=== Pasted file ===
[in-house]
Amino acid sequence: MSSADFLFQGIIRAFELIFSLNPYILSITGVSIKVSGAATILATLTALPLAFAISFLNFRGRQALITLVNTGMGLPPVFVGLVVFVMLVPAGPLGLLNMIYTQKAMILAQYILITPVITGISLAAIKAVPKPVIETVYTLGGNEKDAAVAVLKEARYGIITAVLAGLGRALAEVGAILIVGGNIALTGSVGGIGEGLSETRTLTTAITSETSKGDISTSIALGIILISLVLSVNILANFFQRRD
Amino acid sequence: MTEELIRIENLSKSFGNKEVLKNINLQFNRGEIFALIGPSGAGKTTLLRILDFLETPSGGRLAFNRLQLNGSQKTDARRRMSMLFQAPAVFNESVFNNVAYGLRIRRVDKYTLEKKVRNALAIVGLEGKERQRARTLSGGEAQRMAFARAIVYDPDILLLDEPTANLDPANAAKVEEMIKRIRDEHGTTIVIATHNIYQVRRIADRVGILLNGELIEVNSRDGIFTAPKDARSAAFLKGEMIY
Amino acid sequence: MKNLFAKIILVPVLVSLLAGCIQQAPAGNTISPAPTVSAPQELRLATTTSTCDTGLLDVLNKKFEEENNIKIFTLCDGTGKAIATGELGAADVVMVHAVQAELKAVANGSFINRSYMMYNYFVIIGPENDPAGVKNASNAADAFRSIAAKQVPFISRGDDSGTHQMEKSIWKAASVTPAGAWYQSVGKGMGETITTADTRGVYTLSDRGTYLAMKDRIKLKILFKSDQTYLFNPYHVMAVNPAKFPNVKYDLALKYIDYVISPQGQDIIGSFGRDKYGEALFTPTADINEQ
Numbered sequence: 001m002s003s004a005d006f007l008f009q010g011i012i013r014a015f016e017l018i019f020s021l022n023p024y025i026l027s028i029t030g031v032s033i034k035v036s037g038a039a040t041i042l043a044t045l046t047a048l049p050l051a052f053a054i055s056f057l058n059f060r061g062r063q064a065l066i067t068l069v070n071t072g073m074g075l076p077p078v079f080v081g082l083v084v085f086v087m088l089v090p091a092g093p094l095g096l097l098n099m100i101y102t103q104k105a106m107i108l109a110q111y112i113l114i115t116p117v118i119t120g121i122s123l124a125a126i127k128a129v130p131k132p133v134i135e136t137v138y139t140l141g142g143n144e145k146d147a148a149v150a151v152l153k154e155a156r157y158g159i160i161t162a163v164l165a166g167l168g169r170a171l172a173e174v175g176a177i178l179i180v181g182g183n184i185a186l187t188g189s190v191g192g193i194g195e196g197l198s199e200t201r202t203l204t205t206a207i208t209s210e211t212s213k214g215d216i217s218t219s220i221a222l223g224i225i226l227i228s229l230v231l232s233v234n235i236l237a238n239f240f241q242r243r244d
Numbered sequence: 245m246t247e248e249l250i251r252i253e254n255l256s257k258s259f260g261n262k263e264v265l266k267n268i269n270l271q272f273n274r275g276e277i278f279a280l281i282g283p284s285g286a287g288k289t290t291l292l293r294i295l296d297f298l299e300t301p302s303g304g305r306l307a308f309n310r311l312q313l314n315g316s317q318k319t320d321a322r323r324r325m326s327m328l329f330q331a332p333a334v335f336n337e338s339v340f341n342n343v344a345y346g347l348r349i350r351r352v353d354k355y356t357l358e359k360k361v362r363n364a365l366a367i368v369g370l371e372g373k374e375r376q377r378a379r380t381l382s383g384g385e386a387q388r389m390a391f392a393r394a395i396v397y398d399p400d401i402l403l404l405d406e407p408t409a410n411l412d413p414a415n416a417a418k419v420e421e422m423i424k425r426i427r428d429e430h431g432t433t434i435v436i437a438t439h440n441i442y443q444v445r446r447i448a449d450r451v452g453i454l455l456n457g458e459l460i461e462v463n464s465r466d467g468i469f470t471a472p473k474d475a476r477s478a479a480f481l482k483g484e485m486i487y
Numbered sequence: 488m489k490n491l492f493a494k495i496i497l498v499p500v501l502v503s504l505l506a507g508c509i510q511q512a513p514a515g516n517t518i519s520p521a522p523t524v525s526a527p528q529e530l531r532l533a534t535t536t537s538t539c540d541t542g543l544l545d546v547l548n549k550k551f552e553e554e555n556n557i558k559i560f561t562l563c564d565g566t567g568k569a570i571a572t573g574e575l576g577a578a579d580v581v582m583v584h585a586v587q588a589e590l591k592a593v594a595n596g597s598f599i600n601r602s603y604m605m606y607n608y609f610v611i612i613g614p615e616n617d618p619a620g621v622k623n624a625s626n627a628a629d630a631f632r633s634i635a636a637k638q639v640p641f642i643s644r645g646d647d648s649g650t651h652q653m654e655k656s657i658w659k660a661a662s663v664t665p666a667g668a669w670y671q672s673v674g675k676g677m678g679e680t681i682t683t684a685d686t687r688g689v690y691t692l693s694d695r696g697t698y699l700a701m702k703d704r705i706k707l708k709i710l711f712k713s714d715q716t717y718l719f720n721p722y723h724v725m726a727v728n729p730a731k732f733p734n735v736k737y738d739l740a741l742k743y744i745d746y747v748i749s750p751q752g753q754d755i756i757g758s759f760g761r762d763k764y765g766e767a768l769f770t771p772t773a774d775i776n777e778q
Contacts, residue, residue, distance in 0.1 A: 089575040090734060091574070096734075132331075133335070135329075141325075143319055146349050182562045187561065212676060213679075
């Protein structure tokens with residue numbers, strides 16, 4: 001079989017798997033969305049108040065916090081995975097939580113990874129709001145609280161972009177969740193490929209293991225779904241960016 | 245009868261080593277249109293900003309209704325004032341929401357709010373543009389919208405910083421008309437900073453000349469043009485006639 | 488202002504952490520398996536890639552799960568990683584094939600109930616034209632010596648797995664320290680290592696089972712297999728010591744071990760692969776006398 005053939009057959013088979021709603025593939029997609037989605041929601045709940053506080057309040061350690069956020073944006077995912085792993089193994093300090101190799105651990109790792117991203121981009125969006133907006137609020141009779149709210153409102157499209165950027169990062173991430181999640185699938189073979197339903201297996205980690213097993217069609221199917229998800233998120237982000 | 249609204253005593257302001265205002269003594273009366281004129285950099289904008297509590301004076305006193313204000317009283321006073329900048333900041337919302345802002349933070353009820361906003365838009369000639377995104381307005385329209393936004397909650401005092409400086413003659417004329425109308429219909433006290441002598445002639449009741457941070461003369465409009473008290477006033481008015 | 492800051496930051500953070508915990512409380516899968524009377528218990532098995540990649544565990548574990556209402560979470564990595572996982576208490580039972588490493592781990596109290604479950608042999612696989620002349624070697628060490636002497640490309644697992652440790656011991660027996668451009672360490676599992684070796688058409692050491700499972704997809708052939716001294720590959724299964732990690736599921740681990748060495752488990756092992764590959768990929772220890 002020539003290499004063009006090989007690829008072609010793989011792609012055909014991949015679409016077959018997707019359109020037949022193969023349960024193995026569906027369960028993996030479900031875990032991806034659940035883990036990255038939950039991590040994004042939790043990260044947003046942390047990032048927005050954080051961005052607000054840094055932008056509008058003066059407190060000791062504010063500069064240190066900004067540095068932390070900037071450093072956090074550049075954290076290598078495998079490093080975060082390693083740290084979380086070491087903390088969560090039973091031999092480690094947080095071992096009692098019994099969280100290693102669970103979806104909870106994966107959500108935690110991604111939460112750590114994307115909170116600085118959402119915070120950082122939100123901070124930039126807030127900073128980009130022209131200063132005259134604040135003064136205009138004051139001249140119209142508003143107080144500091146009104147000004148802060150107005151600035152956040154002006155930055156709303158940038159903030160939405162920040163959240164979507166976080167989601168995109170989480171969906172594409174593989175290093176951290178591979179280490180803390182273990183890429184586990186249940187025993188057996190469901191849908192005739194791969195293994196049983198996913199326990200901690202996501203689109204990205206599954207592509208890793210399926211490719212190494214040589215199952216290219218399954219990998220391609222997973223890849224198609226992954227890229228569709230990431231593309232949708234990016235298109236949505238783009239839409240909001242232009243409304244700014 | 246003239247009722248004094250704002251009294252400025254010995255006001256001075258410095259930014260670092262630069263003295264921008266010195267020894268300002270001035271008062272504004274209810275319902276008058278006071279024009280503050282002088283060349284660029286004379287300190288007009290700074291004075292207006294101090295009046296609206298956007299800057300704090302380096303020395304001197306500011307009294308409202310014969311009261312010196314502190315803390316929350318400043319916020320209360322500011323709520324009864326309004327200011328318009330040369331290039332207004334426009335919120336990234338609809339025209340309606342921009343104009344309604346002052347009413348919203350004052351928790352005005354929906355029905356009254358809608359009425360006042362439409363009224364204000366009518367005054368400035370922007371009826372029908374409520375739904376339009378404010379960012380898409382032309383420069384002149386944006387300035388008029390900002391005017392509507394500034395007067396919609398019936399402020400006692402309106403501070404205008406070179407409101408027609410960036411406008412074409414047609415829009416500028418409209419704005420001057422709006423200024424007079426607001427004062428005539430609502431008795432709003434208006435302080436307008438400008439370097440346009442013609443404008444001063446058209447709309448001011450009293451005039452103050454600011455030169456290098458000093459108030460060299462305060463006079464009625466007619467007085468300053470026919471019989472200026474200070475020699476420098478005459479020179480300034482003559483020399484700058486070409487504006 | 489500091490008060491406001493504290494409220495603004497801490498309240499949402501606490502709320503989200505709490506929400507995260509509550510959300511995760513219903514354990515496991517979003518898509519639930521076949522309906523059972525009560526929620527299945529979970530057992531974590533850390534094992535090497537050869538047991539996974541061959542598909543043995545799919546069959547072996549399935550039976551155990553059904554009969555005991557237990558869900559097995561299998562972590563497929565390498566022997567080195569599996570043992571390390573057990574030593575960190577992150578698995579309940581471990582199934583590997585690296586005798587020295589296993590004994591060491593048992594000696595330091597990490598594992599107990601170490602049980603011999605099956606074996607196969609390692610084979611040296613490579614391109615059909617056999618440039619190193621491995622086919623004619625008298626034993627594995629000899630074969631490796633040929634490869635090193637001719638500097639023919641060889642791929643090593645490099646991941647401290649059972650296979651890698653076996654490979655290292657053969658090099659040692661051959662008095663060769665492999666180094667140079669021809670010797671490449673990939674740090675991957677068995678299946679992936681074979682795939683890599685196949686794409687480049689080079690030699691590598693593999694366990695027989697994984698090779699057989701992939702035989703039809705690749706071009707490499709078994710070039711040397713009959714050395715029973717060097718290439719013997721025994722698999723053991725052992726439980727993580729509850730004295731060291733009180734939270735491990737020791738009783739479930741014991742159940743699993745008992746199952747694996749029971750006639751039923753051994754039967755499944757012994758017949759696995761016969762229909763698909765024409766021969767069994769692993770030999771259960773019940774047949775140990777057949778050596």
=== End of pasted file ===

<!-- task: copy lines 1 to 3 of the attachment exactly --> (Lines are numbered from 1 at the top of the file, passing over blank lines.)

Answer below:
[in-house]
Amino acid sequence: MSSADFLFQGIIRAFELIFSLNPYILSITGVSIKVSGAATILATLTALPLAFAISFLNFRGRQALITLVNTGMGLPPVFVGLVVFVMLVPAGPLGLLNMIYTQKAMILAQYILITPVITGISLAAIKAVPKPVIETVYTLGGNEKDAAVAVLKEARYGIITAVLAGLGRALAEVGAILIVGGNIALTGSVGGIGEGLSETRTLTTAITSETSKGDISTSIALGIILISLVLSVNILANFFQRRD
Amino acid sequence: MTEELIRIENLSKSFGNKEVLKNINLQFNRGEIFALIGPSGAGKTTLLRILDFLETPSGGRLAFNRLQLNGSQKTDARRRMSMLFQAPAVFNESVFNNVAYGLRIRRVDKYTLEKKVRNALAIVGLEGKERQRARTLSGGEAQRMAFARAIVYDPDILLLDEPTANLDPANAAKVEEMIKRIRDEHGTTIVIATHNIYQVRRIADRVGILLNGELIEVNSRDGIFTAPKDARSAAFLKGEMIY